In the Czech Republic, 30 mass graves dating from the 14th and 15th centuries were found, writes the Prague Daily Monitor, citing the representative of the Institute of Archeology, Jan Frolik, who conducted the study.
It is noted that the graves were found during the study of the Furnace in Kutná Hora. The graves themselves are square pits measuring 2 meters in length and width and depth of 2.5 meters. About 50-70 people are buried in each of the graves, and the remains of 1500 inhabitants of the Middle Ages are found.
Researchers believe that the first burials, belong to the victims of the famine of 1318, the lives of the rest were carried out by the plague epidemic in 1348-1350. In addition, the graves were not labeled from the outside, otherwise the first of them would not have been damaged in the following graves, as well as in the construction of the Barn.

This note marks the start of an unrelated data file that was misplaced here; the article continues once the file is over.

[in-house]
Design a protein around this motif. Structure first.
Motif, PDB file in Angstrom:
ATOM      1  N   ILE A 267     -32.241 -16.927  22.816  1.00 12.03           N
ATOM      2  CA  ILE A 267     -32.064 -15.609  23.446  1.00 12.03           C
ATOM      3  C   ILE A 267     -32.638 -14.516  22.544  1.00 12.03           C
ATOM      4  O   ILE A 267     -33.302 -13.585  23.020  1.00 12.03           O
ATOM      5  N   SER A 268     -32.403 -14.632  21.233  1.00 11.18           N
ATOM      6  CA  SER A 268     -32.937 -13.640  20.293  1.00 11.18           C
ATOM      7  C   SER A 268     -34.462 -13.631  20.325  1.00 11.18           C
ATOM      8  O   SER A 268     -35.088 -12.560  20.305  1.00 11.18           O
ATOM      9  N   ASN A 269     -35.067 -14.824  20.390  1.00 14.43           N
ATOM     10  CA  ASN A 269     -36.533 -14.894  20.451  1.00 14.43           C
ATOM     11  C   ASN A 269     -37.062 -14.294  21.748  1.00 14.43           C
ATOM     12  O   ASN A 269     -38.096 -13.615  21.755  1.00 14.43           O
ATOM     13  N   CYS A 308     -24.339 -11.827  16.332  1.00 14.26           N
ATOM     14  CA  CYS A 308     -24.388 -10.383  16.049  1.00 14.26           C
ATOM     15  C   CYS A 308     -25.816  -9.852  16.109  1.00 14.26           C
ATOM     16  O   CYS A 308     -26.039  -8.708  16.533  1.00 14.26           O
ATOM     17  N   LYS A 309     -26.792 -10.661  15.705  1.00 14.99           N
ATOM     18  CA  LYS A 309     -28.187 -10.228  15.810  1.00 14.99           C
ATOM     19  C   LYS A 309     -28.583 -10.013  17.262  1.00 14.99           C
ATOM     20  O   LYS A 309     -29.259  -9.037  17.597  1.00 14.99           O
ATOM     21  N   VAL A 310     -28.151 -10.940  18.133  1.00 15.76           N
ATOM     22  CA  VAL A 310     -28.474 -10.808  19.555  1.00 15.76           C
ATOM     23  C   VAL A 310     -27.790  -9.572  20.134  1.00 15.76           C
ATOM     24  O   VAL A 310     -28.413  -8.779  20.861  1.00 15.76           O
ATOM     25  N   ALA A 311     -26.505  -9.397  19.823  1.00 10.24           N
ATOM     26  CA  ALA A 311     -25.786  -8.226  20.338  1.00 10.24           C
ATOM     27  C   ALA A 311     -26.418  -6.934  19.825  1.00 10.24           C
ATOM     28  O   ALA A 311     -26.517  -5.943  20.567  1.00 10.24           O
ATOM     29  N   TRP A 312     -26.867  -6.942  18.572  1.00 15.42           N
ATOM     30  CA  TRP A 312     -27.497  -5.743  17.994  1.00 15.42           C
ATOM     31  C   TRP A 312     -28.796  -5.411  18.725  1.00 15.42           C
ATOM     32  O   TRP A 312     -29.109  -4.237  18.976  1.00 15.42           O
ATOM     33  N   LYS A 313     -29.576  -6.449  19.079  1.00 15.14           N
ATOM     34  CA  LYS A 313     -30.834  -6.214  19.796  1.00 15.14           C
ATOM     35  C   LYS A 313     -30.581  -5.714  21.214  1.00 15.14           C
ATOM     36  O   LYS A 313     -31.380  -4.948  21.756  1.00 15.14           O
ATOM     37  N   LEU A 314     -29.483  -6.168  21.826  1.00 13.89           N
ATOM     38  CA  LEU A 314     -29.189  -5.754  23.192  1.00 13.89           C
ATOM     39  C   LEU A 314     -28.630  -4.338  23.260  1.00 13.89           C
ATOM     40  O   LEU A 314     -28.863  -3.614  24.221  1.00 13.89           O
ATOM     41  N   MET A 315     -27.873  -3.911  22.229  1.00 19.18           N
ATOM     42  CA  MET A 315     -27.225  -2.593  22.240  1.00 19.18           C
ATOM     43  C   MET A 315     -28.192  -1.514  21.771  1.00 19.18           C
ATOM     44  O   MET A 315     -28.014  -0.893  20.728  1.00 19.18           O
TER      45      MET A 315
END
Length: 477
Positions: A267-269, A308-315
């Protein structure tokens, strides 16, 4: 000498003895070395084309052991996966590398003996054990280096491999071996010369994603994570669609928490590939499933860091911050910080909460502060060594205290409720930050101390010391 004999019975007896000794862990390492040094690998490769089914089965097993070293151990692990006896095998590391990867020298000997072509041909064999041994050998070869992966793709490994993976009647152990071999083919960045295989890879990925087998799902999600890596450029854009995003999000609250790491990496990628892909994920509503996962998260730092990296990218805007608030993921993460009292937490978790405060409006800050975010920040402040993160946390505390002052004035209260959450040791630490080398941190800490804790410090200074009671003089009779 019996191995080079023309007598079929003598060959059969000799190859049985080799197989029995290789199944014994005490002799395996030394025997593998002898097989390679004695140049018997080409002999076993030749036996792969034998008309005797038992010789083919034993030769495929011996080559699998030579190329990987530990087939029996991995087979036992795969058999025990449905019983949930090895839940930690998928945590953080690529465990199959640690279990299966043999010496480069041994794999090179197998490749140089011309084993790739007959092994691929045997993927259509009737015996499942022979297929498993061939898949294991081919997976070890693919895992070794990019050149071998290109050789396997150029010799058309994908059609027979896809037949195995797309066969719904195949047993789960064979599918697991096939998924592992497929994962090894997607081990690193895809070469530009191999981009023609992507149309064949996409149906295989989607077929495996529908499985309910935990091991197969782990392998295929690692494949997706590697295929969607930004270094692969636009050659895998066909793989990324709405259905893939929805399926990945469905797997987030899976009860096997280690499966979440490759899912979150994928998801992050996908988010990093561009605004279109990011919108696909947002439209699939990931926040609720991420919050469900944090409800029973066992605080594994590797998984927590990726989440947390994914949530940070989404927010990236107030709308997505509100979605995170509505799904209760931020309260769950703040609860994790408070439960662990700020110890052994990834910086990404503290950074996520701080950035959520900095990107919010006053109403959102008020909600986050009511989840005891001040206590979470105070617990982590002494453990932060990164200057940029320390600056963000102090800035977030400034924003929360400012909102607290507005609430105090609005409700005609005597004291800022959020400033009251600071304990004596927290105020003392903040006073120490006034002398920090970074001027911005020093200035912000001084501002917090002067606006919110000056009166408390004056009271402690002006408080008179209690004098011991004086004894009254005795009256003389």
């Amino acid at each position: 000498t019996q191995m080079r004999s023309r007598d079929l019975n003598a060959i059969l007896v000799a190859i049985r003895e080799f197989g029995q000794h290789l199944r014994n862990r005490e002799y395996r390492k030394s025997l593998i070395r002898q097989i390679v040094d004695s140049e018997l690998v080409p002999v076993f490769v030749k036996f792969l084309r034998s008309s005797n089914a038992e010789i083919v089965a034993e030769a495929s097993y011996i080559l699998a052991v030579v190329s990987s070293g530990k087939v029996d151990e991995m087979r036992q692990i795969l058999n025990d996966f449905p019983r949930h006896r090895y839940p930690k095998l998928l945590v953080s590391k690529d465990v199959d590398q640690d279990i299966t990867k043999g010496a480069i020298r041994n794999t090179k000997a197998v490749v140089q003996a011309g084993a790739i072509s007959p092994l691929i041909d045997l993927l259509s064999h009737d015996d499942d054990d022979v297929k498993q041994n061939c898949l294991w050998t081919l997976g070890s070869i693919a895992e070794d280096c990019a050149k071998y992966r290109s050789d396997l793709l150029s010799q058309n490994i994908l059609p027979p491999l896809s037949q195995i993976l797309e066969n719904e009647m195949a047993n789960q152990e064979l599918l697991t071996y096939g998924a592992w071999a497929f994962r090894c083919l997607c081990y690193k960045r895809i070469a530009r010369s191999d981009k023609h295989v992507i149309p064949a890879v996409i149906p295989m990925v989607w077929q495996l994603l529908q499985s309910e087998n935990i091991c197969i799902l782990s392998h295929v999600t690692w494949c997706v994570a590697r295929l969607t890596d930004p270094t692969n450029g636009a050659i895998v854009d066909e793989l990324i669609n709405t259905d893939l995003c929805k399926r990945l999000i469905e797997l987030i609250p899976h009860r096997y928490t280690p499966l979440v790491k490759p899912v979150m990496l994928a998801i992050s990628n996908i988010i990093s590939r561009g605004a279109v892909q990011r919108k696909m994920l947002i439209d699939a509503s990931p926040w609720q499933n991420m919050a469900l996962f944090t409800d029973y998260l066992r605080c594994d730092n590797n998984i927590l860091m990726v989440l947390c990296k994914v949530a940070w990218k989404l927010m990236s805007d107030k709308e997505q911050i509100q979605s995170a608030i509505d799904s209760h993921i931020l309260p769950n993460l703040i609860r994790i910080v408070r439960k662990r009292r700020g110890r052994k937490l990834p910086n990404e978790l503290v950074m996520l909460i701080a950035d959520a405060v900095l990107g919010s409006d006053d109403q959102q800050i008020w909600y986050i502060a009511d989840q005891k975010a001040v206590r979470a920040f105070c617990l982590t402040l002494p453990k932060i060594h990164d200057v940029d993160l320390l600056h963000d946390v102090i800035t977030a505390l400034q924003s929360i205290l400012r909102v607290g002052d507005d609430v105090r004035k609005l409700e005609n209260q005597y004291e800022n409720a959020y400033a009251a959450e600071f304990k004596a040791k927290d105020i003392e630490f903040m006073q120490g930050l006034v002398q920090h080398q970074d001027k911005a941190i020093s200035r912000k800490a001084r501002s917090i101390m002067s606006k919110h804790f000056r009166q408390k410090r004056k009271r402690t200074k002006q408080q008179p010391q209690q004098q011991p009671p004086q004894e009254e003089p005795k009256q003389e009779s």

Frolik stated that these 30 graves are the largest burial ground in Europe.